BMW turns to 3D-printed sand casting for engine cores

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BMW has built a new automated factory line that allows the company to take full advantage of 3D-printed sand casting for cores, producing thousands every week and benefiting designers, manufacturers and end customers

From origins that date back thousands of years, through the industrial age and now with the addition of 3D printing and inorganic forms, sand casting has been through several periods of radical transformation in its long history.

At BMW Group’s largest component plant in Landshut, Germany, the world’s first fully automated additive serial 3D production line for sand cores has been built. Developed with the knowhow of experts at BMW, Loramendi and Voxeljet, the Industrialisation of Core Printing (ICP) cooperation project looks set to inject this ancient art with added speed, sustainability and design freedom and set a new industry standard at the same time.

As a company, Loramendi has a long history in developing solutions that keep foundries at the cutting edge of production, with expertise in inorganic casting methods. Joined by Voxeljet’s 3D-printed sand casting technology, the two companies have developed a system for the automatic large-scale production of sand cores used in casting cylinder heads for high-efficiency engines.

The ICP line is currently producing thousands of 3D-printed cores each week to support the mass production of the latest generation of BMW Group engines at Landshut, which supplies all of BMW’s vehicle and engine plants worldwide. These areused for almost all BMW, MINI and Rolls-Royce vehicles, as well as for motorcycles from the company’s BMW Motorrad brand.

One-piece sand cores

The production of inorganic 3D-printed cores has enabled BMW Group to advance the design of its engine components.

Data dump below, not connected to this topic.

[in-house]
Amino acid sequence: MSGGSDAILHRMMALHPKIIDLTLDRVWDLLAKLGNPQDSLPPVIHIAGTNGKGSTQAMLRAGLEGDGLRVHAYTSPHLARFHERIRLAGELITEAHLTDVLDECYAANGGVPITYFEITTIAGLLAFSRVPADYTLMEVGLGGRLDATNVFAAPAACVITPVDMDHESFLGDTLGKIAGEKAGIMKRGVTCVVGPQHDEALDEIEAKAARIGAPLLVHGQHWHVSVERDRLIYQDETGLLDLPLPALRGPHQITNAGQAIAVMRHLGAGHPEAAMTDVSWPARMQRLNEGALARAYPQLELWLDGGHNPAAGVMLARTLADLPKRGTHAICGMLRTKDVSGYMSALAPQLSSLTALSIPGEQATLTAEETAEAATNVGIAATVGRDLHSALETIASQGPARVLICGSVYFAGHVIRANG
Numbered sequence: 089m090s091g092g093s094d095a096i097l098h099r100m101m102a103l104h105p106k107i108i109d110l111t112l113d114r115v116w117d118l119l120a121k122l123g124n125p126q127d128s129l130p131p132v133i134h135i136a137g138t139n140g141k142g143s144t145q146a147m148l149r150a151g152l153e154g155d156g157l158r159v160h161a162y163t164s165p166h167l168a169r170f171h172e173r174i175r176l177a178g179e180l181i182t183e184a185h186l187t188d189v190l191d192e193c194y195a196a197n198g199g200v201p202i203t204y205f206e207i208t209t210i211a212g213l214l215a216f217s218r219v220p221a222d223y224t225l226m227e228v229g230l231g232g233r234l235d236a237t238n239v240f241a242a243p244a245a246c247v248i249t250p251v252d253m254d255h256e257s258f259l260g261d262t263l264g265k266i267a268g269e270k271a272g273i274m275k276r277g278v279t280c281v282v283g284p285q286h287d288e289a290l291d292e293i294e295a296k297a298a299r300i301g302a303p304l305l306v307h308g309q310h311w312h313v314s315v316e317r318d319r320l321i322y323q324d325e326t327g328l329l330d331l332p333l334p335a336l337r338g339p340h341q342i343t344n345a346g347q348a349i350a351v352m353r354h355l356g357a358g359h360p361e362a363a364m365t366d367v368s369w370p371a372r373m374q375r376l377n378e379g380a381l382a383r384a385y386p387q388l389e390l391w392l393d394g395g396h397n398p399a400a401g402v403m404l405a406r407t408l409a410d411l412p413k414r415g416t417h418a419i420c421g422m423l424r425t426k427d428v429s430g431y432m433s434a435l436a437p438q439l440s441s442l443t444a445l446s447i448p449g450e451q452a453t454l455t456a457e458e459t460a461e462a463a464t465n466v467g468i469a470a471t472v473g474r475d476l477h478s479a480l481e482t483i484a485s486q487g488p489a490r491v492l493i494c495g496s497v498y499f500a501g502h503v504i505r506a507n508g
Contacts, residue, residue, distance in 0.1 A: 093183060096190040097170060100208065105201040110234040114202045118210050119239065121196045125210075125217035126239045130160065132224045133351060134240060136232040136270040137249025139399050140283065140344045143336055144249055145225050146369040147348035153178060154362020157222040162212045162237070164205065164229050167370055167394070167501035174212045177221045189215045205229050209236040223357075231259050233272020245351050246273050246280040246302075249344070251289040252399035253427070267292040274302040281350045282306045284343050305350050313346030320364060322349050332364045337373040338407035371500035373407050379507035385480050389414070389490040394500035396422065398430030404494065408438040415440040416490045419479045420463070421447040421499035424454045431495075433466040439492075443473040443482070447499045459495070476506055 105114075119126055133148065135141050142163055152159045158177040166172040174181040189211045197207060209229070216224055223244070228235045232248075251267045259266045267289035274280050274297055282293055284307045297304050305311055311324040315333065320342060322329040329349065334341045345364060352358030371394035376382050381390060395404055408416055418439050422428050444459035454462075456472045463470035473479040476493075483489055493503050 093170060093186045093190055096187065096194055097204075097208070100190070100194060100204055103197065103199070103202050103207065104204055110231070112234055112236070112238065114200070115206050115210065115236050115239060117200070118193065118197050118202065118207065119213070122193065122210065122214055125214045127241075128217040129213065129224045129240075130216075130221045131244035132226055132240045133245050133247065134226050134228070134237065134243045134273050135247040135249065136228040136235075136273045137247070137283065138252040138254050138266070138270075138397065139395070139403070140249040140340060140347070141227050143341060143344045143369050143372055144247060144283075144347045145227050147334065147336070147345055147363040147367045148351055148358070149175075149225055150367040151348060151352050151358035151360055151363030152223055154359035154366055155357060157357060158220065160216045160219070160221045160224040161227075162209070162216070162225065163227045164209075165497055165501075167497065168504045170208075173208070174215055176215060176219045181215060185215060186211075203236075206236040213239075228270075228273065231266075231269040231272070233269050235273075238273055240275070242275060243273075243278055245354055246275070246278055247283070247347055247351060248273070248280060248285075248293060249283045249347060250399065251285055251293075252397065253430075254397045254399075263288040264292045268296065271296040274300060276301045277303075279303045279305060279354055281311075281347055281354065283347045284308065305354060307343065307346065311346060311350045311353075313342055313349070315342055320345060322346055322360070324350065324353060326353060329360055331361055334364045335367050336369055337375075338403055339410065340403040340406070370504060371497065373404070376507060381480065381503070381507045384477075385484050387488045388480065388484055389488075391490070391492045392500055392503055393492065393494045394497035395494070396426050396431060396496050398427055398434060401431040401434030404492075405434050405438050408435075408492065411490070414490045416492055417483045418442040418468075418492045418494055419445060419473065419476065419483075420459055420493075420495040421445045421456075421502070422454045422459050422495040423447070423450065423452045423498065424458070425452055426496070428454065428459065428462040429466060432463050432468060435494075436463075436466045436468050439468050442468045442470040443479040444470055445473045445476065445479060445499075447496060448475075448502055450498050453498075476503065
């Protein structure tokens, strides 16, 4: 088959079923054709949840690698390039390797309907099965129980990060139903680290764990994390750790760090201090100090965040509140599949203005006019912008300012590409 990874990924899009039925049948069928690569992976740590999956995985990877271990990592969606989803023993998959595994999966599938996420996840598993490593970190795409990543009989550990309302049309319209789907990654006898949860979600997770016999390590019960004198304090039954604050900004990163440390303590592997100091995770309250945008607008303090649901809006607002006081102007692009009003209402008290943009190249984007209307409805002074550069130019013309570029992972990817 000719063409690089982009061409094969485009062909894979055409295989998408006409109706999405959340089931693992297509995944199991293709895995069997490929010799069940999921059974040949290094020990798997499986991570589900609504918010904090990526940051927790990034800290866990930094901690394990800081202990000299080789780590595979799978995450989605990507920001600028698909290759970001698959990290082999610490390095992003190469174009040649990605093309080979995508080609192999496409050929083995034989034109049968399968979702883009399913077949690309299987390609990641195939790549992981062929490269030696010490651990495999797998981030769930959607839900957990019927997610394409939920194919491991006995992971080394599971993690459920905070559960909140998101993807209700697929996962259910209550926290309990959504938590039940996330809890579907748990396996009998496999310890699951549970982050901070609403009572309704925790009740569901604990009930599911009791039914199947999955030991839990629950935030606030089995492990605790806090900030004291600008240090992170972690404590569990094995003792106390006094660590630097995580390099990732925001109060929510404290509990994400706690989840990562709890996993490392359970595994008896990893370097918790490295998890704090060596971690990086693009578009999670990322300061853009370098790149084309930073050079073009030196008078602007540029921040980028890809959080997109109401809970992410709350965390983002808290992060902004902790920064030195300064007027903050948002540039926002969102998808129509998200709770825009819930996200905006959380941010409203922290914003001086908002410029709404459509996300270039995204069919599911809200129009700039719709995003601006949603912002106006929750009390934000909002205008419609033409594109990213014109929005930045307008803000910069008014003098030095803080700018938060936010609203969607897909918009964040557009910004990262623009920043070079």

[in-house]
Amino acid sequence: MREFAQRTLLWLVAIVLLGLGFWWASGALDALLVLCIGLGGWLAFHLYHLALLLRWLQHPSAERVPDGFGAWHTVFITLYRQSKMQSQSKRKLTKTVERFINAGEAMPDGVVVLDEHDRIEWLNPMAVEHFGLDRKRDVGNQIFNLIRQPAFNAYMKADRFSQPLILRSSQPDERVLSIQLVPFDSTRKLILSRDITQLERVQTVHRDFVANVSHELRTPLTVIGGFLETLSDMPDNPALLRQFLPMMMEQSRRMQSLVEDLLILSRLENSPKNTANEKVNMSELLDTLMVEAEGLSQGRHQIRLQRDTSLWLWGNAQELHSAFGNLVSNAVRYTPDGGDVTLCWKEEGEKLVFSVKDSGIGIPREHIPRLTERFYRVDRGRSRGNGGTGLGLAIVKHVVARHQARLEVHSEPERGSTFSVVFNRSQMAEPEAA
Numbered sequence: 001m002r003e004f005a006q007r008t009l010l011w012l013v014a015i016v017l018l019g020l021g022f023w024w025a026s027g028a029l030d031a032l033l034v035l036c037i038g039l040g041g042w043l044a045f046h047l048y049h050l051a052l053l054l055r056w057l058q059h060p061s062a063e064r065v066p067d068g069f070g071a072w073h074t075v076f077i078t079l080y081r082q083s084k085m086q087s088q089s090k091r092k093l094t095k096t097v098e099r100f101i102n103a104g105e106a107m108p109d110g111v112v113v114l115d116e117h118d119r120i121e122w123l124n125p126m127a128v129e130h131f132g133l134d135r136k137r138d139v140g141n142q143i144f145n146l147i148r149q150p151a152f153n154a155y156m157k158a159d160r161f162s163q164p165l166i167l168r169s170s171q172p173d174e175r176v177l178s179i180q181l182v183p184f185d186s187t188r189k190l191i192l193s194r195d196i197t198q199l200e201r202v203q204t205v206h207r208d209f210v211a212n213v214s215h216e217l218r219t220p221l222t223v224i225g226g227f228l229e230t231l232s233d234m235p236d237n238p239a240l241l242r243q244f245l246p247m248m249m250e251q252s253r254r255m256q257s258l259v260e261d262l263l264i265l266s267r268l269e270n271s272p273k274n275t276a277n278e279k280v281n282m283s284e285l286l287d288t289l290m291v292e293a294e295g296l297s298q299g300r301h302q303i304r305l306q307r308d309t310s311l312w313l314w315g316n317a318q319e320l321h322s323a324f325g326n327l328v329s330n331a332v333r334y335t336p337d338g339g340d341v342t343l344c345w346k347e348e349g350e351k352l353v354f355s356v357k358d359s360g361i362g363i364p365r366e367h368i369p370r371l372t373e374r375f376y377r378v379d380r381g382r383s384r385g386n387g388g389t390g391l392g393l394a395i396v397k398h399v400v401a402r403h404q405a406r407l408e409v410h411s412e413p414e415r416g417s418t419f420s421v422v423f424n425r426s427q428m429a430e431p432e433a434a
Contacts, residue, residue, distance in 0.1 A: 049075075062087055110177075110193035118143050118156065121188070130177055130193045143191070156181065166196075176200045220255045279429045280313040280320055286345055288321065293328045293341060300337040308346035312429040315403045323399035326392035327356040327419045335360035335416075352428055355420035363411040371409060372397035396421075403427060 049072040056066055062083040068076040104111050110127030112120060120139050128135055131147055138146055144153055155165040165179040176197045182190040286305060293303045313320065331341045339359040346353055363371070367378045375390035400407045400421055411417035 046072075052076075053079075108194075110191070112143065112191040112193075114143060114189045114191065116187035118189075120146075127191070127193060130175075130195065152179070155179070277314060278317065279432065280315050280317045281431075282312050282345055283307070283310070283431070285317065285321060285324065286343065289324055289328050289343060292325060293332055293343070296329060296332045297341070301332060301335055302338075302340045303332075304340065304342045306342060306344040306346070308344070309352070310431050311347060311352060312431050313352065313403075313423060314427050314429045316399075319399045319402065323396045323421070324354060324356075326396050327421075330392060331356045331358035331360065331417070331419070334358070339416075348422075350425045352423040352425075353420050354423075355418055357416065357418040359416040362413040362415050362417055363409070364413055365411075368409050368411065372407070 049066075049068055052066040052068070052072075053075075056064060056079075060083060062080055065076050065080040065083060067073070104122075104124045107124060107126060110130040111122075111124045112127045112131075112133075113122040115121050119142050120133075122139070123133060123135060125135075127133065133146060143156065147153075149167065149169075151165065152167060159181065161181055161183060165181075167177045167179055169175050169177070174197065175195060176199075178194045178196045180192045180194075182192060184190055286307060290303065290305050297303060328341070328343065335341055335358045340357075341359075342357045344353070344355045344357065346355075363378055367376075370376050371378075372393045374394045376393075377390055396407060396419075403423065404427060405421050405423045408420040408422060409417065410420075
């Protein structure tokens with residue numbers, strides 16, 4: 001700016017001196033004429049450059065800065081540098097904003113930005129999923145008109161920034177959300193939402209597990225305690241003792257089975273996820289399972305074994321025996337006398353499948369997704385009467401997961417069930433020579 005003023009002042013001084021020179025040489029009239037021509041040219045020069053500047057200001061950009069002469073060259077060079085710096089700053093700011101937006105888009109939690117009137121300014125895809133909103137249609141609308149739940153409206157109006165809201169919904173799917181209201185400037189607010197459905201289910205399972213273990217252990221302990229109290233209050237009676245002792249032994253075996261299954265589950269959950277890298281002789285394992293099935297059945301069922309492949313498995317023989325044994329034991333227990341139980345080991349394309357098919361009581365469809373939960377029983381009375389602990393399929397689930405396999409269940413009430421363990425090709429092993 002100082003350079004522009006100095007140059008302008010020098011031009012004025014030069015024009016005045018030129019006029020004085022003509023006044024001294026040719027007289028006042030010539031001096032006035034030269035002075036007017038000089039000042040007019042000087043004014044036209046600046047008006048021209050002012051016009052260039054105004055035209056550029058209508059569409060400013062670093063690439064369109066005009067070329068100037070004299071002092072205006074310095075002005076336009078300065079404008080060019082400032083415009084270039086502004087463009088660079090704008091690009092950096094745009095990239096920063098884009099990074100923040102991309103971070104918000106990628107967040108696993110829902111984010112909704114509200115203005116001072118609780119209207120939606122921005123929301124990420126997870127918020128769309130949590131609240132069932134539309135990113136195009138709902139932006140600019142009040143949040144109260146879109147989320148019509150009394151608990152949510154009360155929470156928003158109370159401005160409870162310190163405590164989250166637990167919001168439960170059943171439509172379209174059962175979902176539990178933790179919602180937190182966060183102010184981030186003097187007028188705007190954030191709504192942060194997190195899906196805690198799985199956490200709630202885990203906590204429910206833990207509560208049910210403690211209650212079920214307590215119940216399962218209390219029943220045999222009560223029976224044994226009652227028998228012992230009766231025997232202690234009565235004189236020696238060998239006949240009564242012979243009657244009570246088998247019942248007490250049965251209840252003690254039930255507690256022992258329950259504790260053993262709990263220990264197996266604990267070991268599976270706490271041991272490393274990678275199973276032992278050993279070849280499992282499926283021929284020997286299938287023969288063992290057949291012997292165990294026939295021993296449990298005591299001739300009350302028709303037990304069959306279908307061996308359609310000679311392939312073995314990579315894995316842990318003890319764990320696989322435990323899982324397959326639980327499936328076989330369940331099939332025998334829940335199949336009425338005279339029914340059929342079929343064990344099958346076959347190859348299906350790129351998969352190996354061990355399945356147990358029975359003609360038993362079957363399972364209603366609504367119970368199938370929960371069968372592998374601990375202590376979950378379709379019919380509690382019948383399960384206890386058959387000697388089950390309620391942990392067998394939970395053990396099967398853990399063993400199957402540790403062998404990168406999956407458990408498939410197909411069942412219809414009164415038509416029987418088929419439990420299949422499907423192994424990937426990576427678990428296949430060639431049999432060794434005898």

For example, the cylinder head for BMW’s B48 engine has been significantly improved by using 3D printing to produce water jacket outlet combi cores. Additionally, 3D printing allows BMW to produce sand cores in one piece, reducing the complex design of engine components while optimising engine efficiency and fuel consumption.


The custom, low-emissions production line significantly reduces foundry emissions, as only water steam is produced during the casting process.

The ICP project is a collaboration between BMW, Loramendi and Voxeljet

The automated line integrates Voxeljet’s latest highspeed VJET-X 3D printers into a fully automated preand post-processing workflow, which also includes Loramendi’s industrial microwave curing units.

A print head selectively bonds layers of sand to create the cores, which are then unpacked, microwave-cured, cleaned and inspected before being fed into BMW’s established casting process.

The printing rates of the Voxeljet VX1300-X have been increased by a factor of ten over previous models, and the toolless design of the sand cores allows BMW to make variant changes at unprecedented speed without time-consuming tool changes and production downtime. Unused material from 3D printers is recycled and reused in the production process.